The bail exoneration and her release came at the request of
Murphy's defense attorney, Rickard Santweir, and were approved based
on her lack of criminal history and the fact that she is not
considered a flight risk, the district attorney's office said.
"We feel like we have a very strong case against her," said Jane
Robison, spokeswoman for the Los Angeles District Attorney's Office.
"We do not oppose releasing her on her own recognizance."
Murphy and her attorney hurried out of the courtroom Thursday
morning after the arraignment was over, and did not speak with
The two refused to comment on the case. The 47-year-old longtime
councilwoman and former mayor was arrested July 13 after police found
cocaine, three handguns -- registered to her boyfriend, Glendale
resident Scott Schaffer -- and 900 rounds of ammunition in her
Burbank home on Lima Street, where she lives with her 12-year-old
The Burbank city councilwoman was released the following day on
Charges against her were filed Tuesday by District Deputy Attorney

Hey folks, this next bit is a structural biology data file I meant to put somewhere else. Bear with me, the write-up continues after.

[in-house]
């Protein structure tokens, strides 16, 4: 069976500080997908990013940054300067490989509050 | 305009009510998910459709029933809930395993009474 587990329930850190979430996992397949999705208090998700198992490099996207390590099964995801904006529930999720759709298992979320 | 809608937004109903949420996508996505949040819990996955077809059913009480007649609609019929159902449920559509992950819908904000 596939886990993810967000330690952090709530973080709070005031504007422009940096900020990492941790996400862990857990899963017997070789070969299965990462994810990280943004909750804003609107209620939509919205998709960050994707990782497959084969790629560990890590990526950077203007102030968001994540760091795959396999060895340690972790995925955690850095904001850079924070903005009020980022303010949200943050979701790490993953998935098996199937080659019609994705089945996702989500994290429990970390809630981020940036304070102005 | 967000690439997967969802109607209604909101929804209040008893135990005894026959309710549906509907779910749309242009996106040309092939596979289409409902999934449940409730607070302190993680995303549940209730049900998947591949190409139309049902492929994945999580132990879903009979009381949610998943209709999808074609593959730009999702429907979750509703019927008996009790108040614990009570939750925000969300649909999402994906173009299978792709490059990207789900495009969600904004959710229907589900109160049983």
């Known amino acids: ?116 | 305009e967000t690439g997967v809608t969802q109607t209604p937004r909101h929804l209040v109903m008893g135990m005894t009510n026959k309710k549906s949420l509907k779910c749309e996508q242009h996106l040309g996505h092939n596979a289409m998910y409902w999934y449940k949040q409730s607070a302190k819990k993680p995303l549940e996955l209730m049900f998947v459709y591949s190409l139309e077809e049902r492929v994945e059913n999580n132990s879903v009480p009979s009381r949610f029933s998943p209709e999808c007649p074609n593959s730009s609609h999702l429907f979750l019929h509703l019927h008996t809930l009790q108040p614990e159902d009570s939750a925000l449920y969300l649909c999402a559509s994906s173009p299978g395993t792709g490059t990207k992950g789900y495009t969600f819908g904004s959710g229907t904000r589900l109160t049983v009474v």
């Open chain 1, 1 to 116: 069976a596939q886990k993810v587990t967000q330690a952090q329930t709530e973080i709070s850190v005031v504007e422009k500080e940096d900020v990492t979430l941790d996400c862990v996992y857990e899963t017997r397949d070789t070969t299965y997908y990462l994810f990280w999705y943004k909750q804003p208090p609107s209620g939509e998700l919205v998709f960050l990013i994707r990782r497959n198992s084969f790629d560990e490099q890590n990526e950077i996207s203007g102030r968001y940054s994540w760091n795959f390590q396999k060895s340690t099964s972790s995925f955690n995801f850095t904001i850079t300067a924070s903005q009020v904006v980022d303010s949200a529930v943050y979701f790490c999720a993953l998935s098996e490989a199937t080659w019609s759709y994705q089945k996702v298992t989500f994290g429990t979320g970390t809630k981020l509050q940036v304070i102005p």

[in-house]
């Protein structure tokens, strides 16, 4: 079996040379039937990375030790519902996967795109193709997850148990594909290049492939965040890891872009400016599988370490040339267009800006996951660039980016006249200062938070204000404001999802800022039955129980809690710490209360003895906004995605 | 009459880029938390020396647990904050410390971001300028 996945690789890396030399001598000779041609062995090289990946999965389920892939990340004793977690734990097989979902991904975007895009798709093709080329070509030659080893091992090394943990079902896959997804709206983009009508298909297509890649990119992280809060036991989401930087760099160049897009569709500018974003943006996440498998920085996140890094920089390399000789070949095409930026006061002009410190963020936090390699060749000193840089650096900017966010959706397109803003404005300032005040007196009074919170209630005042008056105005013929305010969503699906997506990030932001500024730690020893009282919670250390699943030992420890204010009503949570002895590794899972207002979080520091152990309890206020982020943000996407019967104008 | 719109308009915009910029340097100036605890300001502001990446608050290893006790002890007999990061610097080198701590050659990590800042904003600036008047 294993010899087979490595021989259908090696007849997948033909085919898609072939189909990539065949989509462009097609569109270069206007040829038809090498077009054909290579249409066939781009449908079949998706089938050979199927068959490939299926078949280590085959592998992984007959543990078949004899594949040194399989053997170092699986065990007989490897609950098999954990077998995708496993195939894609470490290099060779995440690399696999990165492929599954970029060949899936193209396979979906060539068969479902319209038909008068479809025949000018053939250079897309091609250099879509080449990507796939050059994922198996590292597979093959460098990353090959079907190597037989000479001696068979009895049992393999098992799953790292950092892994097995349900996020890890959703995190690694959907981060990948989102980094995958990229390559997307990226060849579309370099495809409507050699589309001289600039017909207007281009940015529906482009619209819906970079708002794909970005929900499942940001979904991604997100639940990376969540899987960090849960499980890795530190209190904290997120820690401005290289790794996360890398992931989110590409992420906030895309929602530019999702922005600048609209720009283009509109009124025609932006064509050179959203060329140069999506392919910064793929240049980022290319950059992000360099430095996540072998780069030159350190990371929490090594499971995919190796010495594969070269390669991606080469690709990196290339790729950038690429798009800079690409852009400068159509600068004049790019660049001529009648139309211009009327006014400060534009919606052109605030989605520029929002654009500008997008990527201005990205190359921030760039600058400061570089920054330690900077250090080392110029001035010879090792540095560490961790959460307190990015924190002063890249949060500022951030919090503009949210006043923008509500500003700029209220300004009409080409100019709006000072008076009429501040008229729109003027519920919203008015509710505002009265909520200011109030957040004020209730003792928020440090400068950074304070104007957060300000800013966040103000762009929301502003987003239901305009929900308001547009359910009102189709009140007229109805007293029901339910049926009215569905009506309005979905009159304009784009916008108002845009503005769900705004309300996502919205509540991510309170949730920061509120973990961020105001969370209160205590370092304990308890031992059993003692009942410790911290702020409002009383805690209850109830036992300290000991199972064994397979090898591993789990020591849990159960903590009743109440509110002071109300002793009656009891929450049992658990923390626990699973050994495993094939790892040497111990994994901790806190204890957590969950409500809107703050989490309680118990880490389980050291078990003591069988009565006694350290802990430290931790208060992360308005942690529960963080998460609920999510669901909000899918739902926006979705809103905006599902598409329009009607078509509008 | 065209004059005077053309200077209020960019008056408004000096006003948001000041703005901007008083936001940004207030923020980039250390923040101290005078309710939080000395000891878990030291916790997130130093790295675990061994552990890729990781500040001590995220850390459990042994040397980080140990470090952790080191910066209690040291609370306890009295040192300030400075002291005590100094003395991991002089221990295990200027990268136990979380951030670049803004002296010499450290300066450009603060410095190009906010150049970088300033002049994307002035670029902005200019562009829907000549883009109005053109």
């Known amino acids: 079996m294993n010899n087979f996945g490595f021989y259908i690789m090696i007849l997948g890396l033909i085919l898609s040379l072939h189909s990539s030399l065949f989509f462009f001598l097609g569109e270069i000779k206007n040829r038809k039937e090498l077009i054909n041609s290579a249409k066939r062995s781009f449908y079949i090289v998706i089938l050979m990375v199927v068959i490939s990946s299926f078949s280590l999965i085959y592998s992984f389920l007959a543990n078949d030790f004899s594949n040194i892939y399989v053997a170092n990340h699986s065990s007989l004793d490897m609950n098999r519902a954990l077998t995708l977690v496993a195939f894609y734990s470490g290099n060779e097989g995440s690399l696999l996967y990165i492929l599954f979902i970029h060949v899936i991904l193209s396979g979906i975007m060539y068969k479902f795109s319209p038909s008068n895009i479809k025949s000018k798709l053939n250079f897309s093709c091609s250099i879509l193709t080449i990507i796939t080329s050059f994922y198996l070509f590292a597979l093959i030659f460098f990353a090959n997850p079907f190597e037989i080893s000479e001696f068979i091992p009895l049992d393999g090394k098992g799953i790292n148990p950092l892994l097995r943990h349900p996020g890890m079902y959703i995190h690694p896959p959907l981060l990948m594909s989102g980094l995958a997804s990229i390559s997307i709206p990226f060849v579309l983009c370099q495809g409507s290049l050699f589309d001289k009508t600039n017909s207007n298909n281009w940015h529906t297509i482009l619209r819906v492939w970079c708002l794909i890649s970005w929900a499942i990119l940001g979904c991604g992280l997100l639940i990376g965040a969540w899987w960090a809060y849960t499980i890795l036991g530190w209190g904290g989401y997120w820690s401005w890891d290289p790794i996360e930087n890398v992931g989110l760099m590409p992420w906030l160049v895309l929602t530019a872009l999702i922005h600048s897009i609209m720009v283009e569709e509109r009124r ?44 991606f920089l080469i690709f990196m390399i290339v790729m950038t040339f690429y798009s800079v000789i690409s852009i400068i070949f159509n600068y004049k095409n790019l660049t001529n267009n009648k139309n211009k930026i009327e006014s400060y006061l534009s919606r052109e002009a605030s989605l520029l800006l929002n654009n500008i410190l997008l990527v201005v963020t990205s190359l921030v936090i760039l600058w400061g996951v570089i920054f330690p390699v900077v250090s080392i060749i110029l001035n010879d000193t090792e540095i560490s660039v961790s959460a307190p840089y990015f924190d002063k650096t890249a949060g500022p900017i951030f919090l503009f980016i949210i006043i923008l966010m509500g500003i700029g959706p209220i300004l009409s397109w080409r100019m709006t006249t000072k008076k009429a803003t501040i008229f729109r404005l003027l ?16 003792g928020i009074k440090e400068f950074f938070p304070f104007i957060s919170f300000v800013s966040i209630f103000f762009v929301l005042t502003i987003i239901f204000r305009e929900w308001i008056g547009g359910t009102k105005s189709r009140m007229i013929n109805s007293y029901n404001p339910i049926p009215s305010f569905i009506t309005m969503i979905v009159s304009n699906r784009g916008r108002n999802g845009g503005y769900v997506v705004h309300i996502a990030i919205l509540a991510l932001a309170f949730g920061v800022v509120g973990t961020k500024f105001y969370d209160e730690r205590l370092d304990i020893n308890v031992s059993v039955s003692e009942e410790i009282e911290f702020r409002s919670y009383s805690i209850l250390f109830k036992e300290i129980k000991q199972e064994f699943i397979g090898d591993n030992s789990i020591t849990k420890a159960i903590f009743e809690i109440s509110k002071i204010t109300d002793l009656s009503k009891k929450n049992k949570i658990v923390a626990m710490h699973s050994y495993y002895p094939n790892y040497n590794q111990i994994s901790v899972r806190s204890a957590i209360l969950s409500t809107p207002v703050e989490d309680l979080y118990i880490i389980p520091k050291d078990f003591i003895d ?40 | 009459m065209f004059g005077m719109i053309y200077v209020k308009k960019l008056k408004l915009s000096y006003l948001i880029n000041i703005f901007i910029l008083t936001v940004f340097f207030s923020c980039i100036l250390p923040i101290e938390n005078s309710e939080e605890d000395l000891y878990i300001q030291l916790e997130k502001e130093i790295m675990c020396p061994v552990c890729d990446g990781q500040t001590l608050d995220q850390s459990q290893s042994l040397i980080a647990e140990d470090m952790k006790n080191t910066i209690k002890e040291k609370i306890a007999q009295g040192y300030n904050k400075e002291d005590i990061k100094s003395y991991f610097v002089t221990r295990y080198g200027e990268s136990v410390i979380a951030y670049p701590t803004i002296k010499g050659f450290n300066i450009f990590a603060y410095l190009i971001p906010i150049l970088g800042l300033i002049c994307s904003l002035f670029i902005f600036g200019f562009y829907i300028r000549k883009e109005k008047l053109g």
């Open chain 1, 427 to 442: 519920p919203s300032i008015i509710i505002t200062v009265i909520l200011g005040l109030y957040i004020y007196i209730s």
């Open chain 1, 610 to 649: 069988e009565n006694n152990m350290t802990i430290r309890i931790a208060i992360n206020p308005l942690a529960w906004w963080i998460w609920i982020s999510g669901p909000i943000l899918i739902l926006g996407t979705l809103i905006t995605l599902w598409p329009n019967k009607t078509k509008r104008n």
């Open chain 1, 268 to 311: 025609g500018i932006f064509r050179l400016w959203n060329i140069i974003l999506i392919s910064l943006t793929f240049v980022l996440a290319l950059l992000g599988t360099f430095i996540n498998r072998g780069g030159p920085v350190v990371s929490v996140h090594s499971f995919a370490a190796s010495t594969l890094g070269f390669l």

Thomas Krag, according to the Los Angeles District Attorney's office.
Schaffer's alleged involvement with the Vineland Boyz street gang
led investigators to Murphy. Her arrest came the same day Schaffer,
51, was taken into custody after police found a Vineland Boyz gang
member in possession of a handgun registered to Schaffer, which was
not reported stolen.
Schaffer was arrested at his Glendale home and has been in federal
custody since without bail. He awaits an Aug. 30 trial date and is
suspected of trading handguns to the Burbank gang members in exchange
If convicted, Murphy could face three years in state prison. She
will also be removed from the Burbank City Council, where she has
served for a little over eight years.
"We're still pressing forward and trying to stay focused on
business," Burbank City Manager Mary Alvord said. "Our council
meetings have been productive."
In a statement released July 19, Murphy said she would not attend
any City Council meetings until her appearance in court, but she has
not confirmed she will be at Tuesday night's meeting, Alvord said.
"We are sort of in a wait-and-see mood, like everyone else,"
Alvord said. "The last few weeks have been productive and it's been
business as usual."
Despite the council's efforts to focus on Burbank, members have
felt the pressure of the case, and frustration of missing a council
member, she said.
"It's tough to sit there and concentrate on the issues of the
evening when 15 TV channels are there," Alvord said.